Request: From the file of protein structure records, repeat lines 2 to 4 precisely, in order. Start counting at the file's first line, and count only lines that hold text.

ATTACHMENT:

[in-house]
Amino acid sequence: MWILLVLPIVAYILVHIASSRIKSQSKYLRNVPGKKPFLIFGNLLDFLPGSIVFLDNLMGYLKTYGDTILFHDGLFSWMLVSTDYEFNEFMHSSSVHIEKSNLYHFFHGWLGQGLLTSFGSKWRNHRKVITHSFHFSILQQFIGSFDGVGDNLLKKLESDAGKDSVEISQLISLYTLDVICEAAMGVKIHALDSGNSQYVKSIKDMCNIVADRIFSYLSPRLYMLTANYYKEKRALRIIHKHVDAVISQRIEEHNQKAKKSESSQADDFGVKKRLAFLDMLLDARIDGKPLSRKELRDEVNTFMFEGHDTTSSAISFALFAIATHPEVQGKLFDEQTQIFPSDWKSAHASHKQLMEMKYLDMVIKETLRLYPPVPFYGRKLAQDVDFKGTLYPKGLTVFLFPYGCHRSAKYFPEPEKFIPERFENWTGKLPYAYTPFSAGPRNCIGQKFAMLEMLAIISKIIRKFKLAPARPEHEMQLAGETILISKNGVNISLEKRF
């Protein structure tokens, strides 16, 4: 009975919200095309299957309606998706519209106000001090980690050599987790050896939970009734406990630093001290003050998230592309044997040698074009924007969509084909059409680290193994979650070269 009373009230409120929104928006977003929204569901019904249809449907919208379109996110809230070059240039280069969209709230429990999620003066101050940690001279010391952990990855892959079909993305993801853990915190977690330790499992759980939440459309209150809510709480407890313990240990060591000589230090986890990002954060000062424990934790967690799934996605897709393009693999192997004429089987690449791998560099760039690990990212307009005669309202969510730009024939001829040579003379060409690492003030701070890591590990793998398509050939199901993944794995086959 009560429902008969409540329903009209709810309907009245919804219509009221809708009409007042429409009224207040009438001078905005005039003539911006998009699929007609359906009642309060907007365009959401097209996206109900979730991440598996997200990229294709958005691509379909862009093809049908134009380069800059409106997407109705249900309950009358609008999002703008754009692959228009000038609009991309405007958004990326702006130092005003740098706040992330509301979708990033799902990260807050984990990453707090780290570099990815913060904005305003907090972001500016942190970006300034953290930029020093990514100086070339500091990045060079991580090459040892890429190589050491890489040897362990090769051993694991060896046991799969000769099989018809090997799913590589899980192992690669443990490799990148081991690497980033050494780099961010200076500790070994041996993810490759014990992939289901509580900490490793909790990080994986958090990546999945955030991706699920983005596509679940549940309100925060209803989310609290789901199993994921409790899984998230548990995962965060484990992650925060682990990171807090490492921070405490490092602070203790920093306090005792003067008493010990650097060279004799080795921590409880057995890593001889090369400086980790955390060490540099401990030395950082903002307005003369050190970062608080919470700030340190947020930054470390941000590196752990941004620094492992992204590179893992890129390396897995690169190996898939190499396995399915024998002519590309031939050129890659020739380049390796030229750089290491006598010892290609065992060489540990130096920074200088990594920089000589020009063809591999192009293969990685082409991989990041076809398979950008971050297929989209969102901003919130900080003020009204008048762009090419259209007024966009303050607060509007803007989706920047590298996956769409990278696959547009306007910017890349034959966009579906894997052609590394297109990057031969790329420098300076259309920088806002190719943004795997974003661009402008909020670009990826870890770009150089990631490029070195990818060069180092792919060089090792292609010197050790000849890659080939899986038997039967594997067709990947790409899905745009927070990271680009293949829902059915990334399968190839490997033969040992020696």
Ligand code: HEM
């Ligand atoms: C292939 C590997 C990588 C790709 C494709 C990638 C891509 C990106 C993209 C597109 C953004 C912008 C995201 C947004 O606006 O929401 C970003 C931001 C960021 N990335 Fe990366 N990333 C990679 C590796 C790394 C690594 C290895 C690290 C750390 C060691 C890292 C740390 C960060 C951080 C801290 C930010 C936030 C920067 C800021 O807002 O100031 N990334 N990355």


Amino acid sequence: MWILLVLPIVAYILVHIASSRIKSQSKYLRNVPGKKPFLIFGNLLDFLPGSIVFLDNLMGYLKTYGDTILFHDGLFSWMLVSTDYEFNEFMHSSSVHIEKSNLYHFFHGWLGQGLLTSFGSKWRNHRKVITHSFHFSILQQFIGSFDGVGDNLLKKLESDAGKDSVEISQLISLYTLDVICEAAMGVKIHALDSGNSQYVKSIKDMCNIVADRIFSYLSPRLYMLTANYYKEKRALRIIHKHVDAVISQRIEEHNQKAKKSESSQADDFGVKKRLAFLDMLLDARIDGKPLSRKELRDEVNTFMFEGHDTTSSAISFALFAIATHPEVQGKLFDEQTQIFPSDWKSAHASHKQLMEMKYLDMVIKETLRLYPPVPFYGRKLAQDVDFKGTLYPKGLTVFLFPYGCHRSAKYFPEPEKFIPERFENWTGKLPYAYTPFSAGPRNCIGQKFAMLEMLAIISKIIRKFKLAPARPEHEMQLAGETILISKNGVNISLEKRF
């Protein structure tokens, strides 16, 4: 009975919200095309299957309606998706519209106000001090980690050599987790050896939970009734406990630093001290003050998230592309044997040698074009924007969509084909059409680290193994979650070269 009373009230409120929104928006977003929204569901019904249809449907919208379109996110809230070059240039280069969209709230429990999620003066101050940690001279010391952990990855892959079909993305993801853990915190977690330790499992759980939440459309209150809510709480407890313990240990060591000589230090986890990002954060000062424990934790967690799934996605897709393009693999192997004429089987690449791998560099760039690990990212307009005669309202969510730009024939001829040579003379060409690492003030701070890591590990793998398509050939199901993944794995086959 009560429902008969409540329903009209709810309907009245919804219509009221809708009409007042429409009224207040009438001078905005005039003539911006998009699929007609359906009642309060907007365009959401097209996206109900979730991440598996997200990229294709958005691509379909862009093809049908134009380069800059409106997407109705249900309950009358609008999002703008754009692959228009000038609009991309405007958004990326702006130092005003740098706040992330509301979708990033799902990260807050984990990453707090780290570099990815913060904005305003907090972001500016942190970006300034953290930029020093990514100086070339500091990045060079991580090459040892890429190589050491890489040897362990090769051993694991060896046991799969000769099989018809090997799913590589899980192992690669443990490799990148081991690497980033050494780099961010200076500790070994041996993810490759014990992939289901509580900490490793909790990080994986958090990546999945955030991706699920983005596509679940549940309100925060209803989310609290789901199993994921409790899984998230548990995962965060484990992650925060682990990171807090490492921070405490490092602070203790920093306090005792003067008493010990650097060279004799080795921590409880057995890593001889090369400086980790955390060490540099401990030395950082903002307005003369050190970062608080919470700030340190947020930054470390941000590196752990941004620094492992992204590179893992890129390396897995690169190996898939190499396995399915024998002519590309031939050129890659020739380049390796030229750089290491006598010892290609065992060489540990130096920074200088990594920089000589020009063809591999192009293969990685082409991989990041076809398979950008971050297929989209969102901003919130900080003020009204008048762009090419259209007024966009303050607060509007803007989706920047590298996956769409990278696959547009306007910017890349034959966009579906894997052609590394297109990057031969790329420098300076259309920088806002190719943004795997974003661009402008909020670009990826870890770009150089990631490029070195990818060069180092792919060089090792292609010197050790000849890659080939899986038997039967594997067709990947790409899905745009927070990271680009293949829902059915990334399968190839490997033969040992020696």
Ligand code: HEM